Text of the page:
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Brandy Clark steps into the spotlight 

The country singer has penned chart-toppers for other artists — now it's her turn

Kacey Musgraves' "Follow Your Arrow," Miranda Lambert's "Mama's Broken Heart" and The Band Perry's "Better Dig Two" have more in common than being award-nominated country music songs. They were also all co-written by Brandy Clark.

Clark has written for countless other country music stars, as well — Reba McEntire, Darius Rucker, Gretchen Wilson, Keith Urban, Toby Keith among them — but since the 2013 release of her debut full-length album, 12 Stories, Clark is ready to turn the spotlight a little closer to her own direction.

"It's more ramped up now, but I always did perform," Clark says. "I had several years where I didn't perform outside of Nashville — that was mostly songwriter nights and open mics. When I made 12 Stories and went on tour, that changed things for me. It was out of the comfort zone I was in at that point."

She still writes for other artists, recently working on Musgraves' sophomore album, but she's finding plenty of time to hit the road and support her own album these days. Her upcoming headlining tour will bring her to the Neighborhood Theatre on April 25.

"I do still write for other people, but not as much as I used to," Clark says. "I hope I can always [work with other artists]. My record just came out of me just writing songs — that's what I'm always doing. I hold a few for myself now, where I used to never do that."

Clark says if she's working with an artist like Musgraves or Lambert, she's solely focusing her efforts on that person. When "Follow Your Arrow" won Song of the Year at the CMA Awards, it was a songwriter's dream come true. "The highest compliment is when another artist wants to record your song," Clark says.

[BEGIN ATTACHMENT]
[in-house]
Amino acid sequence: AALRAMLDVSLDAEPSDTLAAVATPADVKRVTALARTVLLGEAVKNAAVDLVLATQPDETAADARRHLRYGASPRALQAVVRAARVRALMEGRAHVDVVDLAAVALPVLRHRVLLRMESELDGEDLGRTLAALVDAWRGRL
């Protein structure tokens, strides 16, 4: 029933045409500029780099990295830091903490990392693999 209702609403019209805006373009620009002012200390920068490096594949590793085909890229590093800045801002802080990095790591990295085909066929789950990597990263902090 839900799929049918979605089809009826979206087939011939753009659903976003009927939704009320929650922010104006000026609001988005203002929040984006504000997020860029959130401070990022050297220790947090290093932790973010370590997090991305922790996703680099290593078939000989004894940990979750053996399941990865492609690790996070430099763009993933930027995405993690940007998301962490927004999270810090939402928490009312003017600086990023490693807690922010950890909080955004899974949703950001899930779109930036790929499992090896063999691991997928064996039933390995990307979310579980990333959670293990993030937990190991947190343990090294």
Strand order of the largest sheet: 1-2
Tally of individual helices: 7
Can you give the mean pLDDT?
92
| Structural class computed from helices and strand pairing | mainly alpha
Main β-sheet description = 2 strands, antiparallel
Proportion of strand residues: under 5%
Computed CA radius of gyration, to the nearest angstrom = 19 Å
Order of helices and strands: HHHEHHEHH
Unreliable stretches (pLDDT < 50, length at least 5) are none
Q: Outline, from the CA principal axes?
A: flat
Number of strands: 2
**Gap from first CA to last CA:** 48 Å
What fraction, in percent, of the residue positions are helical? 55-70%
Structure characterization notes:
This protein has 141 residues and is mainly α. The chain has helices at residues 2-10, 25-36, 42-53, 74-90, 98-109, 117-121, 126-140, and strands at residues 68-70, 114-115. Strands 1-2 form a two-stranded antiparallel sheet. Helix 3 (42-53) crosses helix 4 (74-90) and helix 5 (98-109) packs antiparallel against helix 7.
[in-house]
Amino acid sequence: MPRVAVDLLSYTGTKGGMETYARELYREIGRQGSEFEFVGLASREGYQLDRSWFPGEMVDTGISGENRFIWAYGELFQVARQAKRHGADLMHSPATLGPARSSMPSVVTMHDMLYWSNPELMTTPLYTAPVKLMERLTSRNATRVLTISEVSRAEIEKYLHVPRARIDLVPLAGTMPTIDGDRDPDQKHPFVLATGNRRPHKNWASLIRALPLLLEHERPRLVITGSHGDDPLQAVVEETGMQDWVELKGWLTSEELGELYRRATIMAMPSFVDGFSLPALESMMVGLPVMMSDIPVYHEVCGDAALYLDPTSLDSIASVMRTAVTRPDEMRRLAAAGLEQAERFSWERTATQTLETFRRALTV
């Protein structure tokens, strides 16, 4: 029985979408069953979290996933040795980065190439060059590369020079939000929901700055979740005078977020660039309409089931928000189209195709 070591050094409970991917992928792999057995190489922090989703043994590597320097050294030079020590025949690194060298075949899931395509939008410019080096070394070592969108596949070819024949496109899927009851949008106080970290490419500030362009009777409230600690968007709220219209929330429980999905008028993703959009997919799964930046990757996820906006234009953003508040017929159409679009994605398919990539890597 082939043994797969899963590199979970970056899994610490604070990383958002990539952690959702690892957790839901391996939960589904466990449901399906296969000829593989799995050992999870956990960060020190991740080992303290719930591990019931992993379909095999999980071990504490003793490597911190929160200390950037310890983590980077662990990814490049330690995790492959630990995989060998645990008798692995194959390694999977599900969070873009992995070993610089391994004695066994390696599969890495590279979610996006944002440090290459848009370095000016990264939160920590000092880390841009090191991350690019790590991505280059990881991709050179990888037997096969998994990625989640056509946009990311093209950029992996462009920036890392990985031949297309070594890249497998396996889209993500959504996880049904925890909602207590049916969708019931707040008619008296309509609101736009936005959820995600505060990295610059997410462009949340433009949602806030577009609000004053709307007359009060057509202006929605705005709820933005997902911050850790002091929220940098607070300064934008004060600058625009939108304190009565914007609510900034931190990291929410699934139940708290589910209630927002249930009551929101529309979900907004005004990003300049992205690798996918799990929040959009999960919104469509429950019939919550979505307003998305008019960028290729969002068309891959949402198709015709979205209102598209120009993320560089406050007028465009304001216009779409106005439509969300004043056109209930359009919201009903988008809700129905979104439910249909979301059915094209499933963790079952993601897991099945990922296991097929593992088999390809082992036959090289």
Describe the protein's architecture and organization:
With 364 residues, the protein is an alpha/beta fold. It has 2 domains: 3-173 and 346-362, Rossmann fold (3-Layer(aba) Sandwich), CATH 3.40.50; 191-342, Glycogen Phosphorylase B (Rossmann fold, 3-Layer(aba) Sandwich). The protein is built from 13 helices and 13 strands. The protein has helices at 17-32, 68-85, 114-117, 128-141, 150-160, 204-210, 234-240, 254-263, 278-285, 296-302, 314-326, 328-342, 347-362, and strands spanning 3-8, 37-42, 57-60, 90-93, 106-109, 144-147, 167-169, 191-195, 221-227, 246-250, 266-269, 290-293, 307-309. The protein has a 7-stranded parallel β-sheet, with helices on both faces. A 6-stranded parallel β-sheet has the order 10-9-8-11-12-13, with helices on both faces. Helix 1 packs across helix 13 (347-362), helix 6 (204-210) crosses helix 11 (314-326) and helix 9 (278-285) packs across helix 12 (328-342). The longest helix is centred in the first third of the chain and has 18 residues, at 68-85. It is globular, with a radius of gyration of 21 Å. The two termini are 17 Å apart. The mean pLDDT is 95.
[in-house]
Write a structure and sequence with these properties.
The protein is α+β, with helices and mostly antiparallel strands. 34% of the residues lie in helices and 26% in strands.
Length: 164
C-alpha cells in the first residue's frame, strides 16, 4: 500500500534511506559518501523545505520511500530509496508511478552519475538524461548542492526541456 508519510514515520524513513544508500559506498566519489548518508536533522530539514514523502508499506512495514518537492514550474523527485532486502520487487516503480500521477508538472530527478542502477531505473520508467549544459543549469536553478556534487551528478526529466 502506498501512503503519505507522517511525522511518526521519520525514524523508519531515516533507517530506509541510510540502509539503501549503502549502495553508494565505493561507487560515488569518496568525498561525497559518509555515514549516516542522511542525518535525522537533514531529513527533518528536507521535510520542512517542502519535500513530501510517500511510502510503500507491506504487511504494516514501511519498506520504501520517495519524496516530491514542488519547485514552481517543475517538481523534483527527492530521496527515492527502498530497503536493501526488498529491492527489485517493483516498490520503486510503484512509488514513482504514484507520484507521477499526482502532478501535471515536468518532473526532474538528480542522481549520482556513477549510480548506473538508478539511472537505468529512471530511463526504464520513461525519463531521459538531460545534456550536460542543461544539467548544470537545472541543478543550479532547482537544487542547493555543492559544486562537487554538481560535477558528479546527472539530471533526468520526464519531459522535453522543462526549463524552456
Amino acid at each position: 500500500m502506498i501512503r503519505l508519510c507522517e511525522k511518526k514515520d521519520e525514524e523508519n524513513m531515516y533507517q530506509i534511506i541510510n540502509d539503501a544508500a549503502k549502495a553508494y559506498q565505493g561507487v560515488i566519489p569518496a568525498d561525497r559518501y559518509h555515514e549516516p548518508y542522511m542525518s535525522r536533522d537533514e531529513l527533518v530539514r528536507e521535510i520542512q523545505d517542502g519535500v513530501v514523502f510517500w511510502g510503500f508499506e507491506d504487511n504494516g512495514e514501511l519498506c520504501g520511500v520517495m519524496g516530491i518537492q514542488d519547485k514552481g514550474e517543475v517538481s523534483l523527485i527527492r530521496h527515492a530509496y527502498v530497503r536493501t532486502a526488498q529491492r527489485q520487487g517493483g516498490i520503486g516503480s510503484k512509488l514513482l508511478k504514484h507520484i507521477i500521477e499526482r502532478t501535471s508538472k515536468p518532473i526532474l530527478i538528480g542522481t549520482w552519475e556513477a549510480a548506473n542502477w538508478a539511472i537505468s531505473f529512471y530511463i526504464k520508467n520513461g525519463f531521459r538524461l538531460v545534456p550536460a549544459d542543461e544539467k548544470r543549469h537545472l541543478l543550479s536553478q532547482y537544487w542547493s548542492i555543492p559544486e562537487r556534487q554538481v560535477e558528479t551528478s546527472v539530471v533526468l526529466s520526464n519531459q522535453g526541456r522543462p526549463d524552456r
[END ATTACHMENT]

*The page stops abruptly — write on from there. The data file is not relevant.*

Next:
Her story is an interesting one. Aside from being a "Best New Artist" Grammy nominee in her late 30s, Clark is also a bit of an anomaly in the country music world — an out and proud lesbian. That's not to say her sexuality has ever been a hurdle for her — not from outside forces, at least.

"I'll be very honest about that — I put that on myself," she says. "I thought, 'I'm gay and out of the closet so there's not a spot for me.' Thank God other people didn't do that to me. I met my manager and she wanted to help me make a record. I was so excited, but then I thought, 'I have to tell her I'm gay.' I did and she was like, 'So ... I don't care.' It never made a difference. I never faced a hurdle that somebody else put out there."

Clark says she also saw courage in fellow country artist Shane McAnally. One day while at a gym together a few years back, McAnally told Clark that he had been in the shower that morning, thinking about how there had never been an out-of-the-closet gay man in country music. "Just because there's never been, doesn't mean there never will be," he told her. "Even though his path has been different," Clark says, "I think the people around me saying those things inspired me."

She's been on the road with Jennifer Nettles, Alan Jackson and Eric Church and said she's never run into any problems because of her sexuality — she doesn't flaunt it, but she doesn't hide it either. Her attitude is simple — "If you're turned off by my music, just don't buy it."

Listen to her album and you can hear parts of her that have made appearances on other artists' songs. Her "Get High," a rambling acoustic work that talks about smoking weed, has hints of Musgraves' "Follow Your Arrow."

She's already working on her next album, though it's tough to find enough hours in the day sometimes. Aside from a condo in Nashville where she lives most of the time, she bought a lake house an hour-and-a-half outside of the city on Center Hill Lake. It's where she wrote her song "Stripes" and Rucker's "Love Without You" during a retreat there before she bought it.

"A year ago, I was looking for a house in Nashville, but I couldn't find anything that tripped my trigger," she says. "I ended up buying the house at the lake instead because it's such an inspiring place for me. It's not very practical, but it's very inspirational and I got an amazing deal. It just felt like that place still had great songs in it."

Of course, just because Clark teams up with other singers for their songs doesn't mean she goes without help for her own. Usually, she says, it's because she needs a cheerleader. "I can talk myself out of the coolest part of a song," Clark says with a laugh.

Clark admits she's always looked up to artists who have had successful songwriting careers before gaining notoriety as an artist — such as Carole King. "My goal was always to write songs that become classics as a writer or as a singer," Clark says. "A great song is a great song no matter who sings it."

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